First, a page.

U.S. President Donald Trump gestures to media before boarding Marine One departing for Andrews Air Force Base en route to West Palm Beach, Florida, at White House in Washington D.C.,the United States, Feb. 3, 2017. (Xinhua/Yin Bogu)
By Matthew Rusling
WASHINGTON, Jan. 4 (Xinhua) -- Washington's relations with Pyongyang are expected to be U.S. President Donald Trump's greatest foreign policy challenge in 2018, as tensions continue to simmer between the two nations, U.S. experts say.
"North Korea is going to be Trump's biggest foreign policy challenge in 2018," Darrell West, a senior fellow at the Washington-based think tank the Brookings Institute, told Xinhua.
Tensions on the Korean Peninsula are at a high point not seen in several years, as Trump wants Pyongyang to halt development of a nuclear weapon that could hit the United States, while the Democratic People's Republic of Korea (DPRK) believes that having a nuclear weapon is the only way to defend its government from the United States.
"The president has raised the stakes by staking out a clear position on no nuclear weapons for North Korea and severe limits on missile testing. This year very well could be the time that, unless there is a diplomatic breakthrough, he takes decisive action on these goals," West said.
"That could involve targeted military strikes or a full-scale embargo on North Korea. Either way, it will be a dramatic time with lots of consequences for many countries around the world," West said, referring to 2018.
As Trump has repeatedly said that military options remain on the table, many analysts view Trump as unpredictable and it remains unknown which course of action the U.S. president will take.
"Each course has major risks, but Trump appears to have concluded that maintaining the status quo is not an acceptable alternative. He has indicated he is open to many different options, including military strikes on North Korea's launch capabilities. He seems very serious about resolving this issue this year," West said.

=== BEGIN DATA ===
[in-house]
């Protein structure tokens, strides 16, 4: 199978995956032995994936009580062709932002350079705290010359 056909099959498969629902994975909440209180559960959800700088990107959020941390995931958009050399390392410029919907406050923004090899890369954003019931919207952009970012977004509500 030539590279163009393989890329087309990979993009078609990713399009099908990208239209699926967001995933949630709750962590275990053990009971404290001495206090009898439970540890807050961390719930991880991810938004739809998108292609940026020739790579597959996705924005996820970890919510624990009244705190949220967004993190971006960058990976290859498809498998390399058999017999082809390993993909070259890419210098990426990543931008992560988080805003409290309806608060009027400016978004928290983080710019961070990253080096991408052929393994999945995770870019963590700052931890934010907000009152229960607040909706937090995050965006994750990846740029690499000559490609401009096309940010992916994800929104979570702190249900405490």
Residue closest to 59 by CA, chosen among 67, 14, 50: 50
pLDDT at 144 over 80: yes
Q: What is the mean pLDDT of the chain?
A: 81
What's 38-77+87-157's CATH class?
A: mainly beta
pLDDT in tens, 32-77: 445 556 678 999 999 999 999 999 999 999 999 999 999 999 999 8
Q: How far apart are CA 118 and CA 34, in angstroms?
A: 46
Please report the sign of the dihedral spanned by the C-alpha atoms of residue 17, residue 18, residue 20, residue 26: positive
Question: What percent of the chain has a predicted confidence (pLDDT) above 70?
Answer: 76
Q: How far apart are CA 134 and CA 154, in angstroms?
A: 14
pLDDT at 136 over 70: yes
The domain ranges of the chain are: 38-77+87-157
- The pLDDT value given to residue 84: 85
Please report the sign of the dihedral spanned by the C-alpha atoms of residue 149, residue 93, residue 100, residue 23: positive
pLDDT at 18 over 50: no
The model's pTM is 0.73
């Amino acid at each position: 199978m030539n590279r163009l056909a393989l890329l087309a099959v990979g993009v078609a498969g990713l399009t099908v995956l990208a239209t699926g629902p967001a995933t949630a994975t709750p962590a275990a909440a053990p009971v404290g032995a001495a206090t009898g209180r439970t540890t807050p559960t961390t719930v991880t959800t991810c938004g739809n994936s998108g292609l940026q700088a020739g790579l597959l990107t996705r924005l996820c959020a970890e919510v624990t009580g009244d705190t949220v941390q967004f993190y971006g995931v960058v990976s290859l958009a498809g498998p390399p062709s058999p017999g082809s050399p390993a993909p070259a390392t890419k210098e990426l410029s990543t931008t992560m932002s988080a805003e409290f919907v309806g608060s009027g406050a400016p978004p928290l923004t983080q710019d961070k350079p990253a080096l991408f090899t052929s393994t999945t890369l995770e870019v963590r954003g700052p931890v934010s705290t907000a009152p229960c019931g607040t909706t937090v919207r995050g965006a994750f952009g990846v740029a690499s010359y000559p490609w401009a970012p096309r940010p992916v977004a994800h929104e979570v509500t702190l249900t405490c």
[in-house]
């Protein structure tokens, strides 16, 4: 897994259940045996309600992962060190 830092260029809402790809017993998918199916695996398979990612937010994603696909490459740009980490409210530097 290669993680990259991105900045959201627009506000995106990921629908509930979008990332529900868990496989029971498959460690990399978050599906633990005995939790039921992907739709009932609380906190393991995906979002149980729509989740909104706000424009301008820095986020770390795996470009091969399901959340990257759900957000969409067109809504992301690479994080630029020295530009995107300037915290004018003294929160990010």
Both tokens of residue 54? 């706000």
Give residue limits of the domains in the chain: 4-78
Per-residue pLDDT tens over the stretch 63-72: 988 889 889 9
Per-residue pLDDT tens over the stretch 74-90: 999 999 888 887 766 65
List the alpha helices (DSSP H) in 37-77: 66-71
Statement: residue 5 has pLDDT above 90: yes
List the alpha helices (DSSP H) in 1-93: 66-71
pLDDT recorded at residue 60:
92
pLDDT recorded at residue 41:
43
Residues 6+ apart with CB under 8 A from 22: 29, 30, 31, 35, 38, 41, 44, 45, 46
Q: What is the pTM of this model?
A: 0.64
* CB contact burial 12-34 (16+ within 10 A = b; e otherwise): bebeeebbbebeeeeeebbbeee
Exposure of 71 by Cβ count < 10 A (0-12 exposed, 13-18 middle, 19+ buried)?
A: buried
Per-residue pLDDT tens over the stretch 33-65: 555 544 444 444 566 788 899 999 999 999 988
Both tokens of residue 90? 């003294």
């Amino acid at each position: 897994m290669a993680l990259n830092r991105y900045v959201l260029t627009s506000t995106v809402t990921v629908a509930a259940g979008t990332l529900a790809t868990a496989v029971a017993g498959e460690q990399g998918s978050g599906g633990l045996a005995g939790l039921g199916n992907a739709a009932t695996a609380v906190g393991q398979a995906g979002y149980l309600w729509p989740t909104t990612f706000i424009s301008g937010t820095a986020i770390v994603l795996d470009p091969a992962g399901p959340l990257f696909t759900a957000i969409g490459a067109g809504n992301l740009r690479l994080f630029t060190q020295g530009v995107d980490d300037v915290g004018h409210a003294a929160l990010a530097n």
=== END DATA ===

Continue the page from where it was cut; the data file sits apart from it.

In his New Year speech, DPRK leader Kim Jong Un sent a reconciliatory message that his country was willing to participate in the South Korea-hosted winter sports event. The following day, Seoul offered to hold a dialogue on Jan. 9 with Pyongyang at the Peace House in the truce village of Panmunjom, which straddles the heavily guarded inter-Korean land border.
However, skeptics in the West and South Korea said that the Sunshine Policy of a decade ago, which promoted warmer relations between the two Koreas, failed to halt Pyongyang's nuclear progress.
In the same speech, Kim threatened that the DPRK is capable of striking the United States with nuclear weapons at any moment.
Trump returned fire earlier this week, saying: "I too have a Nuclear Button, but it is a much bigger and more powerful one than his."
Despite Pyongyang's willingness to talk to its southern neighbor, experts say the DPRK will not be letting go of its nuclear weapons program anytime soon.
"Though we cannot rule out a preventative strike against North Korea entirely, the threat of a messy war in East Asia that shoves the world back into economic recession is a steep price to pay," said Rodger Baker, Vice President of Strategic Analysis at Stratfor, a geopolitical intelligence group.
The year 2017 saw tense relations between Trump and Kim, with the two leaders exchanging barbs, insults and threats. Analysts expect this year to be no different, adding that 2018 may be a decisive year regarding tensions on the Korean Peninsula.
But analysts cautioned the two leaders to cool their anger toward each other, fretting that the bluster could lead down a dangerous path of no return.
Dan Mahaffee, senior vice president of the non-profit Center for the Study of the Presidency and Congress, said Trump's statement about the nuclear button is a dangerous example of this bluster between the two leaders.
"While President Trump intended to sound tough - responding directly to Kim's statement about his nuclear capabilities and highlighting how the U.S. arsenal, conventional and nuclear, is much stronger - this bluster is seen by many as juvenile and dangerous," he said.
Others, however, believe that Trump's comments about the nuclear button are more rhetorical.
"Trump is trying to remind him that the United States remains far and away the stronger military power and that its new nuclear power does not give it the ability to push Washington around," Troy Stangarone, senior director at the Korea Economic Institute, told Xinhua.